More interesting than your average listicle.
If nothing else, you’ll have good stories to tell during interviews.
Witness the pain points, observe the interactions, consider how the experience could be improved.
Google mystery shopping and join some agencies.
You will be given “missions” (should you choose to accept them). Initially, these will be boring, like visit a sandwich shop, or buy something online.
Over time, you’ll get more interesting tasks like “go to a bank, enquire about a loan, and covertly…
This is a fairly candid description of how Samsung configured their .com for the launch of the S10. I discuss our UX process, user flows, and wireframes. If you’ve ever wondered how giant product launches work, I hope you find this interesting.
BEYOND, as it was codenamed internally, was a huge project years in the making. But the final web launch was a sprint.
Three weeks before the S10 launch date, colleagues from around the world convened in a secret location and set up a clean room.
From there, we could maintain strict digital security, and have the most important…
That thing you know? Wrong.
That thing you’ve practiced your whole career? Also wrong.
Did you suspect you might be wrong about something and decide to brush up your knowledge? Man, I can’t believe you thought that was going to work… I actually pity you.
Are you learning something right now? You might as well give up. How are you not getting this? It’s wrong buddy. It’s unbelievably wrong.
And I have a six-minute Medium article that’s going to convince you of that fact.
How? For a start, I’ll ask some rhetorical questions.
I won’t ever actually answer them, but…
Interest in cryptocurrency and blockchain boomed in the last year and, as designers, we need to rise to the challenge. It’s a brave new world out there.
When I started working fulltime for a crypto company, the first thing I did was user research. I read surveys, I analysed social media, and — most importantly — I spoke to people in person. It’s a new industry; who are we designing for?
Through many hours of interviewing and testing real users, I iterated on a series of personas. They represent the three main types of crypto-investor.
I present them here in…
This is the other part to my Thames Path Ultra race report. It details my training plan and some thoughts on the process. This is primarily for my own notes, but it might be of interest to other ultra runners, especially those new to the sport.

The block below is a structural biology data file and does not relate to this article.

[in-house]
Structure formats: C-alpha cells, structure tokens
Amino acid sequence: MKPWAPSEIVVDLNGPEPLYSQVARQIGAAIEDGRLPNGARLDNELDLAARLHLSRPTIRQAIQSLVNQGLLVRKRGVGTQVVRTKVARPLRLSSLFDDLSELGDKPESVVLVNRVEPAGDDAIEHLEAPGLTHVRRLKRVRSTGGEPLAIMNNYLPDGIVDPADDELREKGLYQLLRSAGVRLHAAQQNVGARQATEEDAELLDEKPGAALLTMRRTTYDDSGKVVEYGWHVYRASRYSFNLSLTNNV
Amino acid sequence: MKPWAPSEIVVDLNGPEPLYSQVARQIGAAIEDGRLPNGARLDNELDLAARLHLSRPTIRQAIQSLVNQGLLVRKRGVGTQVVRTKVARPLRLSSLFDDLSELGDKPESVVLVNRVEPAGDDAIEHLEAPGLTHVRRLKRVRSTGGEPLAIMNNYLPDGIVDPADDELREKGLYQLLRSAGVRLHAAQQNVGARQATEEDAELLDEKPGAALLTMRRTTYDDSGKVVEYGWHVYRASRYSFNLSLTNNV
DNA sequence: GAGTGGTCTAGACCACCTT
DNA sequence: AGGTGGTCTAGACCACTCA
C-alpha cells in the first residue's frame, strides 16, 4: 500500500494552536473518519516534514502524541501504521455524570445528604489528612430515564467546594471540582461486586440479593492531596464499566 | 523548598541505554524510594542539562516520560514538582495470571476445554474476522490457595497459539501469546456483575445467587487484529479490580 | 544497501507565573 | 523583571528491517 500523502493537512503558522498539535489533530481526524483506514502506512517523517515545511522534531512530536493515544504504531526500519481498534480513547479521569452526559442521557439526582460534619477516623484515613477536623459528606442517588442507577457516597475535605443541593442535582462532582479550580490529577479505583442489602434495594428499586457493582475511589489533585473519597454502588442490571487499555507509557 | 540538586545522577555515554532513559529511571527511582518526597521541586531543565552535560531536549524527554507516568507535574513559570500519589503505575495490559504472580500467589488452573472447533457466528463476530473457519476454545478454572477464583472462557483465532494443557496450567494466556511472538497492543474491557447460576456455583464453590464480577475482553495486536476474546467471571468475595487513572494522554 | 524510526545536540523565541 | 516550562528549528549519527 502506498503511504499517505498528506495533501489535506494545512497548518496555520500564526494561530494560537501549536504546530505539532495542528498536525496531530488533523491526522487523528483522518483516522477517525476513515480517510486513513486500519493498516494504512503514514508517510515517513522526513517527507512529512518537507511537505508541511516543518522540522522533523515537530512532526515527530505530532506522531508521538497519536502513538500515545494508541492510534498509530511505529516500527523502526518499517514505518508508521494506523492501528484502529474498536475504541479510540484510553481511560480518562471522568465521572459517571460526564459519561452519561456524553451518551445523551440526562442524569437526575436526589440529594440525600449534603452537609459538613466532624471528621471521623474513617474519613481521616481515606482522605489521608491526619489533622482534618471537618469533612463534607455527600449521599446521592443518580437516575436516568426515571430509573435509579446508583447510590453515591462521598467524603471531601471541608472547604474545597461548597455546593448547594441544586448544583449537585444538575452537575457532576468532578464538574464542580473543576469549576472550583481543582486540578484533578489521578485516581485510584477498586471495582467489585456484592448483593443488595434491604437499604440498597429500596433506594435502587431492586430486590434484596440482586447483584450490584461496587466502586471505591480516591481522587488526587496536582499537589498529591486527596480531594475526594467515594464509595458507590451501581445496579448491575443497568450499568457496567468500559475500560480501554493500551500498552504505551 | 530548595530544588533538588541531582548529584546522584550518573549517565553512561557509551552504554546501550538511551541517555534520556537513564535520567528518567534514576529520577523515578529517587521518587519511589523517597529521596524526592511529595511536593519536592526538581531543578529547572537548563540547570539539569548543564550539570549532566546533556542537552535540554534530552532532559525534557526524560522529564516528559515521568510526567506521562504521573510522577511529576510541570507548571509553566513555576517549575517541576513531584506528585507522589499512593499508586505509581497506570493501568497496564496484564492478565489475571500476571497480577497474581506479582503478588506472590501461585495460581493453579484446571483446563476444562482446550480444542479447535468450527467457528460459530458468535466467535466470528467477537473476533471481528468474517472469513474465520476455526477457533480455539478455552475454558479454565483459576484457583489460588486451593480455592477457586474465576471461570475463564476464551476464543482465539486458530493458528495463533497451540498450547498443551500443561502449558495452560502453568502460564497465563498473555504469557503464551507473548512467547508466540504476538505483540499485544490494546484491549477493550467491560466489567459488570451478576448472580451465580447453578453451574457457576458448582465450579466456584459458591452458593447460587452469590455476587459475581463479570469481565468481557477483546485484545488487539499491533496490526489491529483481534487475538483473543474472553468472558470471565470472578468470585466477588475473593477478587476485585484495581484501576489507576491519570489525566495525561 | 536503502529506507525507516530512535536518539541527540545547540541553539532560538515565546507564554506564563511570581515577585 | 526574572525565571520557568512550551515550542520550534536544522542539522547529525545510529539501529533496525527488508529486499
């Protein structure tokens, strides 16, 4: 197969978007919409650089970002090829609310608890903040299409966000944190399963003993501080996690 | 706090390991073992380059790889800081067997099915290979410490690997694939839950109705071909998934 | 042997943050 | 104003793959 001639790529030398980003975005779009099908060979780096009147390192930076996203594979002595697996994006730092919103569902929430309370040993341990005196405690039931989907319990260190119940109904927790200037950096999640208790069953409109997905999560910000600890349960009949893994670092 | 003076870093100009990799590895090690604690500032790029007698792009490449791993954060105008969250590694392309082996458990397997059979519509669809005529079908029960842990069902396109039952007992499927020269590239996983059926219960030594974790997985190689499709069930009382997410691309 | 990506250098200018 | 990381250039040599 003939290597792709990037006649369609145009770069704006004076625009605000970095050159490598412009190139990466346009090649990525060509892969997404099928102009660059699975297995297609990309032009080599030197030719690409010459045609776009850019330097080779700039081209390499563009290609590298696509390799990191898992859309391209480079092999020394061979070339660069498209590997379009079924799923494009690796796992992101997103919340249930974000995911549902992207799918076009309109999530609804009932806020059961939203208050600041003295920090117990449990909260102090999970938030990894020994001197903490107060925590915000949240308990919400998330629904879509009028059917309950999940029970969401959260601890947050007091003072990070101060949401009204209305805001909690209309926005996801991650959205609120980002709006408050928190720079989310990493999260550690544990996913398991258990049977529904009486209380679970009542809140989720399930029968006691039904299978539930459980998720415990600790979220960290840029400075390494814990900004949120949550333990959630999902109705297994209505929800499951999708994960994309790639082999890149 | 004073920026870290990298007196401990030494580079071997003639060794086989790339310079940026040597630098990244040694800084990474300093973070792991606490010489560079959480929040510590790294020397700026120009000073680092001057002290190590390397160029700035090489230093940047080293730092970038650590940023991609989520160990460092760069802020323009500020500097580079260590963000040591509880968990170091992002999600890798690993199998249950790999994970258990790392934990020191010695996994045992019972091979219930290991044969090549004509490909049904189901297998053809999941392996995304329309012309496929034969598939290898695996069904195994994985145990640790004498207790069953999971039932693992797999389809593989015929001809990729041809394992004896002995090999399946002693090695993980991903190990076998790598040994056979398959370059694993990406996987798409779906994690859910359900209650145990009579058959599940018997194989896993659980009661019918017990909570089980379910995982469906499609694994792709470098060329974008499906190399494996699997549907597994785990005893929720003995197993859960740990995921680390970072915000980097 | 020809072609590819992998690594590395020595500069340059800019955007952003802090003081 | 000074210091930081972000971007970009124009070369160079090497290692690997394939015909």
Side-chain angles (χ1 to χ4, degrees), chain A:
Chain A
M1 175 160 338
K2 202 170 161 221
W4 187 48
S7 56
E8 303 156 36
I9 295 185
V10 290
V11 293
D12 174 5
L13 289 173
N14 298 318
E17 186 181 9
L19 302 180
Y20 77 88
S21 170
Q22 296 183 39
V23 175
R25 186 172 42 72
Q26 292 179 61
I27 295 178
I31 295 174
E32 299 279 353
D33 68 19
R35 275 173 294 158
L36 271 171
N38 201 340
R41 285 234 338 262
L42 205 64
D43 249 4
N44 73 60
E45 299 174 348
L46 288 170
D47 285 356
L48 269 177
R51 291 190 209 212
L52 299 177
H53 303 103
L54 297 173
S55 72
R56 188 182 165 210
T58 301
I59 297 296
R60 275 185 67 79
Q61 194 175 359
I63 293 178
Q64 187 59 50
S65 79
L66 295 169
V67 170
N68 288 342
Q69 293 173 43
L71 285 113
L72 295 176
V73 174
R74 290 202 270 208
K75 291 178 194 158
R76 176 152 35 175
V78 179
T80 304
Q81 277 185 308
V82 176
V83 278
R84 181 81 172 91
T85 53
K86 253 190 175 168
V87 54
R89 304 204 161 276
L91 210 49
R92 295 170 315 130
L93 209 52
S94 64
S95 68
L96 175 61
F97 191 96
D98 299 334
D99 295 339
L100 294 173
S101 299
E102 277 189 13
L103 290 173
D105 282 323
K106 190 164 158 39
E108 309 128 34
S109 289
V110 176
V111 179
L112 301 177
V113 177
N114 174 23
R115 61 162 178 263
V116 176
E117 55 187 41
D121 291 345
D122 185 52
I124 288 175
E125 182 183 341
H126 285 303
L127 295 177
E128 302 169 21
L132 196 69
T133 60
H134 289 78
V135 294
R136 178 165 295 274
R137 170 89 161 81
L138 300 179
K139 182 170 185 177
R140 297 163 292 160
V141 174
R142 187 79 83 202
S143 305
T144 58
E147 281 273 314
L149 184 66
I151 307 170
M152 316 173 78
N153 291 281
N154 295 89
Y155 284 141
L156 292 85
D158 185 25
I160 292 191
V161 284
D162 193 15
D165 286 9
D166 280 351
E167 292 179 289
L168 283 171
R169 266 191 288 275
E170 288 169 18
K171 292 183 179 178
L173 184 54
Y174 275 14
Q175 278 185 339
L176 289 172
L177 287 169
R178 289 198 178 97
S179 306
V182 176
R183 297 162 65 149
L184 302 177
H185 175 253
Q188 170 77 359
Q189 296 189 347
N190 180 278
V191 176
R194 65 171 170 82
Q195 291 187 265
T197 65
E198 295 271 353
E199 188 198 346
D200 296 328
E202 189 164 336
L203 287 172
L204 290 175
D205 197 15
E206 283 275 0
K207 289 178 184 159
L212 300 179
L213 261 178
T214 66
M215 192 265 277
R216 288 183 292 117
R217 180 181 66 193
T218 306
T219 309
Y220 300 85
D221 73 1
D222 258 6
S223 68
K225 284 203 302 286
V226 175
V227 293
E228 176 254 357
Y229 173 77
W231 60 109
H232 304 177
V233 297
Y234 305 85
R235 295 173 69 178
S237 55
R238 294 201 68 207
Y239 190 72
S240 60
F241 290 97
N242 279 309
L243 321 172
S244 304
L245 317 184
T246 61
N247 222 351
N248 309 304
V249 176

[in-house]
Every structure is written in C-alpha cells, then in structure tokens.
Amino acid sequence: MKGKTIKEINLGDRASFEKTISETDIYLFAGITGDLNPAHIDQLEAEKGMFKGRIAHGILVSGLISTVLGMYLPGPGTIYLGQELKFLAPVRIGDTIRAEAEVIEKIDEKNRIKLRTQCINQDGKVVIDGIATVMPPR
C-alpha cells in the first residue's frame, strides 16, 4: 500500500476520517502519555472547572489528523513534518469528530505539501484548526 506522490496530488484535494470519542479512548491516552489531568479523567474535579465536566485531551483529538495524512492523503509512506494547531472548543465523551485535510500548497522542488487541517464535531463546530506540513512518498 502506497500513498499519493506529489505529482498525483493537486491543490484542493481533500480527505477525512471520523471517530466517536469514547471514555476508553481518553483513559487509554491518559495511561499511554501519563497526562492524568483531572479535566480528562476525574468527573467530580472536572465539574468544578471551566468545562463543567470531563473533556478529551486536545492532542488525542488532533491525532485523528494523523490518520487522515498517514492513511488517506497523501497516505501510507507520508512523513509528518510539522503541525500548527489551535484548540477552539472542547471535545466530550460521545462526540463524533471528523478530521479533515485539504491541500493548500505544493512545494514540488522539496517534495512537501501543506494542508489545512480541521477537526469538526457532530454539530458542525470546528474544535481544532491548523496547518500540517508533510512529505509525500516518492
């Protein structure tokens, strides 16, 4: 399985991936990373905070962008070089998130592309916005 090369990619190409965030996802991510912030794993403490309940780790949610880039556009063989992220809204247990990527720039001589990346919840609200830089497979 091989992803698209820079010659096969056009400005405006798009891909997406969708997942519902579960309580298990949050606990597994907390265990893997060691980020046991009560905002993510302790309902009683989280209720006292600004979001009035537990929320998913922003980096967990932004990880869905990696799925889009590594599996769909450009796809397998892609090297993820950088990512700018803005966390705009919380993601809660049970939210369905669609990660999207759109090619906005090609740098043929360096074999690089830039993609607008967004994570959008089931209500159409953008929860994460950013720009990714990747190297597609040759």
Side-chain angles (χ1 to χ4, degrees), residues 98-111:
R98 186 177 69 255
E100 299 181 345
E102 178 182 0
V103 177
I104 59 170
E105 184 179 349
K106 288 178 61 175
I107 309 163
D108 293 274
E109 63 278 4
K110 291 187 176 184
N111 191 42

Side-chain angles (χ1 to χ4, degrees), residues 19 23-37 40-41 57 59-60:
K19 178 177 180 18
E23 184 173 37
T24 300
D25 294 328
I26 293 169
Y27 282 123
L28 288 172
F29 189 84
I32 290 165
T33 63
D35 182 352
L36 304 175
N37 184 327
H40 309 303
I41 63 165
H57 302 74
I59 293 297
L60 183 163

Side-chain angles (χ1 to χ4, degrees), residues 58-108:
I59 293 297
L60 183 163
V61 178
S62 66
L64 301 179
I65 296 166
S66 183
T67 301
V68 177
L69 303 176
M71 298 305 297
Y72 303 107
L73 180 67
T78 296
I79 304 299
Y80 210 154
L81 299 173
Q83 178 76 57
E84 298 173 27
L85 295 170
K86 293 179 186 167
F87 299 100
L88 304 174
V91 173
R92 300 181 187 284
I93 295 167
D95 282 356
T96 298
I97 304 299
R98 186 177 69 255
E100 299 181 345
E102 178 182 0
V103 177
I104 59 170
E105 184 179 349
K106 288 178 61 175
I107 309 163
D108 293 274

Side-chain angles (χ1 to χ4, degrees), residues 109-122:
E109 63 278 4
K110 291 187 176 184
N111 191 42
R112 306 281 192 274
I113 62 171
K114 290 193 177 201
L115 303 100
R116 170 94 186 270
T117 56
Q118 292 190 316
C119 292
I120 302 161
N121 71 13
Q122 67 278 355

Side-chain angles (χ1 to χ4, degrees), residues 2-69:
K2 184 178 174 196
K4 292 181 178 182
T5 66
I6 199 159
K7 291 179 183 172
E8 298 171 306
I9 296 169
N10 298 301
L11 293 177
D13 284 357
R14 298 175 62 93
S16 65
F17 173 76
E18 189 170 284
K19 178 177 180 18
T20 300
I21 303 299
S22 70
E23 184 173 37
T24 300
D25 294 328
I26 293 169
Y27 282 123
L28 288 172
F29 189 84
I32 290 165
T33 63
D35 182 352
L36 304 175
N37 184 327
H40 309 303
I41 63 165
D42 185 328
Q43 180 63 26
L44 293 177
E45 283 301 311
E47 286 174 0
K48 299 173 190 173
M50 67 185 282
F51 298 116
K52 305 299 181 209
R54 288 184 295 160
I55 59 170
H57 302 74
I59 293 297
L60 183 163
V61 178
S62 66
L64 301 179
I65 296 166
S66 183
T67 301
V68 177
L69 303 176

My program was pretty simple:
Wednesday: moderately long run
Saturday: very long run
Other days: recovery runs or sprints, depending on how I felt.
I had to increase weekly volume aggressively — there was no way around it — but I tried to do so as sensibly and consistently as possible.
I started with…
I recently completed a 100km ultramarathon.
It was the hardest thing I’ve ever done.
I learned a lot during both the preparation and the event itself, and I wanted to get my thoughts down while it’s still somewhat fresh. Rather than let this report get any longer, I’ve written up my training reflections here. It’s mostly for my own notes, but it may be of interest to other runners, especially those preparing for their first ultra.
I originally signed up on a bit of whim. At that point, I’d never raced a 10k, let alone a regular marathon.
I love a good style guide, but let’s admit it, editors get carried away.
If it’s longer than a few pages, most designers, and even a lot of marketing folk, will never read it. (Sorry writers, your lovingly prepared Tone of Voice document will be lightly skimmed by bemused colleagues).
That said, improving the copy is an easy way to improve User Experience.
I think that in most circumstances, what’s really needed is a kind of Minimum Effective Dose stylesheet.
What is the bare minimum you can do to elevate your copy from amateurish to professional?
That’s what I’ve tried…
At the Pillar Project, I wanted to build a first-class usability lab, without breaking the bank.
After many hours of research, experimentation, and in-field testing, I decided to write up everything I’ve learned. It’s long but should contain the most up-to-date, comprehensive information you can find on the topic — a UX epic!
I hope it saves you time and money.
During mobile usability tests, we essentially want to do three things:
This can be surprisingly complicated.
So you want to practice your design skills?
You’ve joined a bootcamp and need a problem to fix?
Hiring new designers and want to set them a challenge?
Sometimes, its harder to find a problem than a solution.
There are a few design problems floating around the internet, but nothing very extensive. I thought it might be useful if I collected some together and put them in one big list.
The examples here come from all kinds of places including personal experience, but I take no credit for any of them. I’ve included links when I know I saw it…
Applying the UX Design process to internet subculture
Is it possible to reliably make something ‘go viral’?
Common sense would say no.
But a UX Designer would say… maybe.
I was recently asked to do this for a job application. An odd request for a UX role, so I decided to turn it on its head and retool it as a UX Design project.
It was an interesting exercise.
“If a double diamond can be drawn, a task can be tackled.”
— I think Oscar Wilde said that.
Here’s a Double Diamond, a diagram that encapsulates the entire UX process.